We recently issued an alert related to proposed regulations under Section 2704(b) of the Internal Revenue Code that would seemingly restrict valuation discounts for interests in many family-controlled businesses for gift and estate tax purposes. These restrictions would reduce the effectiveness of some estate planning techniques used under current law.

Since that time, there have been recent developments that have left practitioners and families with uncertainty regarding not just valuation discounts, but also with respect to the income, estate and gift tax system as a whole, of which we want to make sure you are aware.

Valuation Discounts

When proposed regulations under Section 2704(b) were issued on August 2, 2016, commentators and practitioners largely concluded that discounts associated with lack of control and lack of marketability would be eliminated or greatly reduced. Recently, Catherine Hughes, an attorney advisor with the Treasury Department’s Office of Tax Policy, indicated that the IRS did not intend to eliminate the discounts that have normally applied due to lack of control and/or lack of marketability where supported by state law. Rather, the intent behind the proposed regulations was to suppress discounts that arise from limitations imposed under operating agreements, partnership agreements and other governing documents that have the effect of increasing discounts that could be taken on the transferred interests. Hughes emphasized that the Treasury does not intend to eliminate or reduce all discounts.

The IRS public hearing on the proposed regulations is scheduled to be held December 1, 2016, at which time there may be additional insight into the intent and effect of the proposed regulations. Although significant uncertainty still exists, it appears more likely that traditional discounts may still be available and that any changes will not be made until at least 2017, if they are made at all.

Election of Donald Trump and Republican Congress

Republican Donald Trump was elected as our 45th president, and Republicans will also control the Senate and House of Representatives. The combination makes it more likely that President-elect Trump’s tax proposals will be enacted.

Although Trump’s tax agenda is not yet clear, he has proposed a complete repeal of the federal estate tax, as well as significant income tax changes.

Estate Tax

The proposed repeal of the federal estate tax creates uncertainty for individuals, families and estate planning practitioners. For instance, there is no guidance on when the repeal of the estate tax could take effect. There is also the possibility that a different form of death tax could replace the estate tax. For instance, the estate tax may be replaced with a system that taxes embedded appreciation on assets at death (or on a later sale of such assets) with certain exemptions (e.g., the first $10 million of gains may be exempted). This change would significantly alter planning techniques in an effort to avoid capital gains tax, rather than estate tax. Additionally, while the estate tax may be repealed under President-elect Trump, there is the possibility that it could be re-enacted in the future.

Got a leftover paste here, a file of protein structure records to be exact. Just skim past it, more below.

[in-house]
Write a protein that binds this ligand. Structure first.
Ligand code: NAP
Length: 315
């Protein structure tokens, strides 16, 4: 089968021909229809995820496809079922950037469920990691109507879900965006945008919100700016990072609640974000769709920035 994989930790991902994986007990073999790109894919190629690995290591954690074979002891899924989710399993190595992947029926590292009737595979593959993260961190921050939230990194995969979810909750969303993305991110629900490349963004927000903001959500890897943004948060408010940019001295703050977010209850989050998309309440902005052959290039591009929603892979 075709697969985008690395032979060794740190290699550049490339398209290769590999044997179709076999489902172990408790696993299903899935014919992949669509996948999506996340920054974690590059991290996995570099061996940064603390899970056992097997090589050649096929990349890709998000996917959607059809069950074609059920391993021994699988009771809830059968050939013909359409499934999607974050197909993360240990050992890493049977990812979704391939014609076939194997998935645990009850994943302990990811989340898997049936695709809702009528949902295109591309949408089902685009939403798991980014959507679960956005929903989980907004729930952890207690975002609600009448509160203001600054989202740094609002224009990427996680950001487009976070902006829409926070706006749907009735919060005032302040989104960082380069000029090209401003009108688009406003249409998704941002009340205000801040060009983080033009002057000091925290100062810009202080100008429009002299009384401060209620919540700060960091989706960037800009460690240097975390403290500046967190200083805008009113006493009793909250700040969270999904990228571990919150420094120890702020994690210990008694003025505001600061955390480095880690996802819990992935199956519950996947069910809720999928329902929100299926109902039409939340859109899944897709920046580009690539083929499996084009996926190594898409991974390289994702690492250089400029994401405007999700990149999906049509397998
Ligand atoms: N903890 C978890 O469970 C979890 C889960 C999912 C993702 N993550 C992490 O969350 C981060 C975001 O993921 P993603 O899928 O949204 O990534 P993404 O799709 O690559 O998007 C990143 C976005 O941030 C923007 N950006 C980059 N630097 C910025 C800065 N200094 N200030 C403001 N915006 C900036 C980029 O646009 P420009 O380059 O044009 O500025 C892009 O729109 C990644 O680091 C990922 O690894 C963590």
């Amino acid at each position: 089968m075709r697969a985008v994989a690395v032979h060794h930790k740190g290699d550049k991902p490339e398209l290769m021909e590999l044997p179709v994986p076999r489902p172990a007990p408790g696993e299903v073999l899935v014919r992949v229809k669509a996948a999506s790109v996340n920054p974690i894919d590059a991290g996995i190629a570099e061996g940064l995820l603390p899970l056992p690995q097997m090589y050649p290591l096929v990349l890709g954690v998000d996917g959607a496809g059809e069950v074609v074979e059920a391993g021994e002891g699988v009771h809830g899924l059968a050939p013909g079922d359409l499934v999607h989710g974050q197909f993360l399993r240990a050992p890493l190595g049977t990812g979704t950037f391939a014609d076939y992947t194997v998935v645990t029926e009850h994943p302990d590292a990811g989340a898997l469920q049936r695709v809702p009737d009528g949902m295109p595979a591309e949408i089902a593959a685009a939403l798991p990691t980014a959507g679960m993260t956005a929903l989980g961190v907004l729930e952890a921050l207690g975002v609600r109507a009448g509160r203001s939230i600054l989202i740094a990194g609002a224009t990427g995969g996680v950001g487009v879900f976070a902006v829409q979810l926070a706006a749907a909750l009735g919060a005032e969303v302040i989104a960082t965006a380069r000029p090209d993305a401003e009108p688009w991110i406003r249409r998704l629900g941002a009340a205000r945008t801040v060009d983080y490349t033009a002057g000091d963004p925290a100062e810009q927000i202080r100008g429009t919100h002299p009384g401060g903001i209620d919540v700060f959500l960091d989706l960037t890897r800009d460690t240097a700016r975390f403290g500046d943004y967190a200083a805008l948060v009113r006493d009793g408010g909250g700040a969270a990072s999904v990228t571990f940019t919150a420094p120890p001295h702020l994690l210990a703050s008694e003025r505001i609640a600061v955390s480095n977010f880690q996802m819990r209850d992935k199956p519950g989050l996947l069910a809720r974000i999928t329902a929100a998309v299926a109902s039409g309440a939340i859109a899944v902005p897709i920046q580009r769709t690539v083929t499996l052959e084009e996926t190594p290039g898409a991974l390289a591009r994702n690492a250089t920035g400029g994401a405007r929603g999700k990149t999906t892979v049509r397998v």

Income Tax

Trump’s income tax proposal calls for, among other things, reducing the marginal income tax rates for all individuals and businesses, increasing standard deduction amounts, capping itemized deductions, repealing personal exemptions, and repealing individual and corporate alternative minimum taxes (AMT).

The proposed tax reform creates three individual ordinary income tax brackets, while maintaining the current capital gains tax rates:

Ordinary Income Tax Rate Capital Gains Tax Rate Single Filers Married Joint Filers
12% 0% $0 to $37,500 $0 to $75,000
25% 15% $37,500 to $112,500 $75,000 to $225,000
33% 20% $112,500 + $225,000 +

Under Trump’s tax plan, the standard deduction will increase from $6,300 to $15,000 for single filers and from $12,600 to $30,000 for married couples filing jointly. Trump also proposes capping itemized deductions at $100,000 for single filers and $200,000 for married couples filing jointly. Additionally, with the proposed repeal of the Affordable Care Act, the 3.8 percent net investment income tax (NIIT) on investment income would be repealed.

What This Means to You

The income, estate and gift tax systems are currently in a state of flux. Individuals, families, businesses and practitioners are left to contemplate what changes they should make to estate plans that are in place or currently in process, as well as what actions they should take now to potentially reduce income tax liability. For instance, it may be prudent to defer capital gains until next year to the extent possible, while incurring capital losses this year. Moreover, individuals who are charitably inclined may want to consider making charitable gifts now to avoid the proposed limits to itemized deductions under Trump’s income tax plan.

While there is much uncertainty about the future of the income and estate tax system, individuals and families should consider what action is best for their particular situation.